Notice how the print is going in the opposite direction.........

Here's the dry channel tone stack. I had a spare old polyester orange drop cap that has a stripe on it for outside foil. The mid cap you'll notice reads left to right with the left going to the 6.8k resistor. If you are experienced you'll notice the .047 600v blue Ajax cap for the final stage. Sadly entire channel was orange dropped. But I have a bag of .047 Fender "Death Caps" from the AC balance. I never throw these out when I ground an amp. I save them for classy amps like this one!

One cap backwards will not make all that much of a difference but in this case I counted 5. It adds up. In the hundreds of old Gibson and Fender guitars I've seen over the years, the tone caps are almost always done in this arrangement: outside foil to ground. If the good people at those companies were sticklers for such a detail on the treble bleed cap, there's something to it.

So there you have it. The amp behaves like my own '69 model now. Quiet! Of course it's not possible to eliminate all hum and noise but it is possible to reduce it using these little steps. And the less noise the more music dig?!

Thanks for reading, hope this was helpful and feel free to leave a comment of ask a question below! J


  1. Thanks. I have a 100% original 54 5C1 Champ. Trying to figure out if I want to keep it museum quality or make it functional for the 21st century. I'm the same age as the amp - actually being from June 54, it's a month or so older (date code DF).

    1. Thanks for commenting!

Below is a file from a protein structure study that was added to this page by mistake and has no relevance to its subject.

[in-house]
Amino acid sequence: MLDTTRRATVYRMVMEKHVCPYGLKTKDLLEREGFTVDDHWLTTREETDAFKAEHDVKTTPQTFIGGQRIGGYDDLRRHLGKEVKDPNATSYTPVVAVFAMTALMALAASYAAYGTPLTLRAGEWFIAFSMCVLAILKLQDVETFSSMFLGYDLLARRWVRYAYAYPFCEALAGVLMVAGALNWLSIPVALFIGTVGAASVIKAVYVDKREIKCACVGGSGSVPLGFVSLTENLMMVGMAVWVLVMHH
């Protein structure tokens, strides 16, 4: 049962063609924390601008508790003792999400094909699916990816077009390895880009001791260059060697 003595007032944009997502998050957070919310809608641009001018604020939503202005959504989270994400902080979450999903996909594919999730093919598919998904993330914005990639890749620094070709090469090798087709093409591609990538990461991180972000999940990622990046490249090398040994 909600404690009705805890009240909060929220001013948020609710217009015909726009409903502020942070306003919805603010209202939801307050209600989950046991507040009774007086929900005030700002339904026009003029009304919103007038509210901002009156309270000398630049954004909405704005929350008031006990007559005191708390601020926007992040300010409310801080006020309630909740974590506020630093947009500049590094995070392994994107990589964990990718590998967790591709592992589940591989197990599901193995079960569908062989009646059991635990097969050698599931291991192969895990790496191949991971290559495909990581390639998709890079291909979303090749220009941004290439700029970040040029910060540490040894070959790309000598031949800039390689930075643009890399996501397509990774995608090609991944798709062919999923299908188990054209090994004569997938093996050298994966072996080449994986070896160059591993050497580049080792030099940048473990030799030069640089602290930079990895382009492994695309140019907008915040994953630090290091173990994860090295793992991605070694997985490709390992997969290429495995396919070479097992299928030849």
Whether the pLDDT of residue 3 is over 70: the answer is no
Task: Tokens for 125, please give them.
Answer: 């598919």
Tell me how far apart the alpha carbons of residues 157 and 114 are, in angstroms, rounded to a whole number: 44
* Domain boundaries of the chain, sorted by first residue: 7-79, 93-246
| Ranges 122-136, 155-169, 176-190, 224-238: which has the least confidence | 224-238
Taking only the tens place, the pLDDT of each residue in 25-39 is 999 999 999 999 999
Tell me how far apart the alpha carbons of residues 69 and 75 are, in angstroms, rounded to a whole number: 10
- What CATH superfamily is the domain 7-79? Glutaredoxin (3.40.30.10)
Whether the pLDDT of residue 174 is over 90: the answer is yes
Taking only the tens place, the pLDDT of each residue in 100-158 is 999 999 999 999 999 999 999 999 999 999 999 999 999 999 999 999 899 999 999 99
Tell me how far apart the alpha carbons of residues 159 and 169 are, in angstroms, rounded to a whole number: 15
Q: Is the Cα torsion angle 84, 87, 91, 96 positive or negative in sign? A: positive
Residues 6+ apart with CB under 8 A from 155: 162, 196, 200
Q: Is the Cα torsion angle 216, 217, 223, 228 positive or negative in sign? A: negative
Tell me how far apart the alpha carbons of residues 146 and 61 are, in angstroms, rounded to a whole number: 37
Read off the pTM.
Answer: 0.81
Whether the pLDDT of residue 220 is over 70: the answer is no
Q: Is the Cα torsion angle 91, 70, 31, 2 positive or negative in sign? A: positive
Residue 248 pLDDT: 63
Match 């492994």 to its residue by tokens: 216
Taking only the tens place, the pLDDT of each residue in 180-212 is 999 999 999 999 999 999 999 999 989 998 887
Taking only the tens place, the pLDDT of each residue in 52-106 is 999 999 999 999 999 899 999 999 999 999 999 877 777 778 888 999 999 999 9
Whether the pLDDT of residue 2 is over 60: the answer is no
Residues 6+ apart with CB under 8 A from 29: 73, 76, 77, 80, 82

For me it's really simple: Am I going to enjoy playing my amp or am I going to enjoy looking at my amp?

      If I am going to use it I'd replace those electrolytic capacitors right away. Not only for performance but also for the safety and health of the amp.

      True story. I had a client in Portland who had just bought a very nice tweed Princeton from a fellow on Craigslist. He paid $200 for it. At the time (13 years ago or so) it was worth about a grand. He brought it to me to show and asked if he should keep it all original or not. I said the same thing I said here so he decided, reluctantly, to have me re-cap the thing. He came back 20 minutes after he left to take it home just for the night and play it as is. I said "at your own risks, you know my opinion." The following day he brought it back with a blown fuse. Not only was the fuse blown but so was the power transformer. So now his $1000 amp would sell for likely $700 tops and he had to pay me $200+ to replace the power transformer and those caps that were dead in the first place.

      If you are concerned about it, you can always save the paper sleeves and put them on your replacement caps. Those sleeves look cool and have the dates on them.

      The vintage guitar and amp business is rather annoying in this way. I'm a working musician so I need to have things that work. Yet I do see the benefit of putting a mint 60 year old item behind glass for preservation. I recently got to play a new 1964 Fender Jazzmaster in a rare color. It still had the original flatwounds on it and the factory setup. The shop decided to not even turn a screw on it. I support that. There are plenty of scratched up 64 Jazzmasters out there for us to enjoy.

      But then you get the less than perfect item. "Should I replace these dead frets?" Answer: "If you are going to play it then yes." That's usually met with some anxiety about the value, understandably.... many folks will see it as a way to bargain "oh you ruined it with new frets!" To which I say, "I'll just sell it to someone who wants a guitar that plays well, I'm patient now move along......"

      A 1954 Cadillac in great condition is a sight to behold. You wouldn't want to drive it with the original tires, spark plugs and tank of gas right?


  2. I have already put in a grounded power cord and carefully extracted the red Astron death cap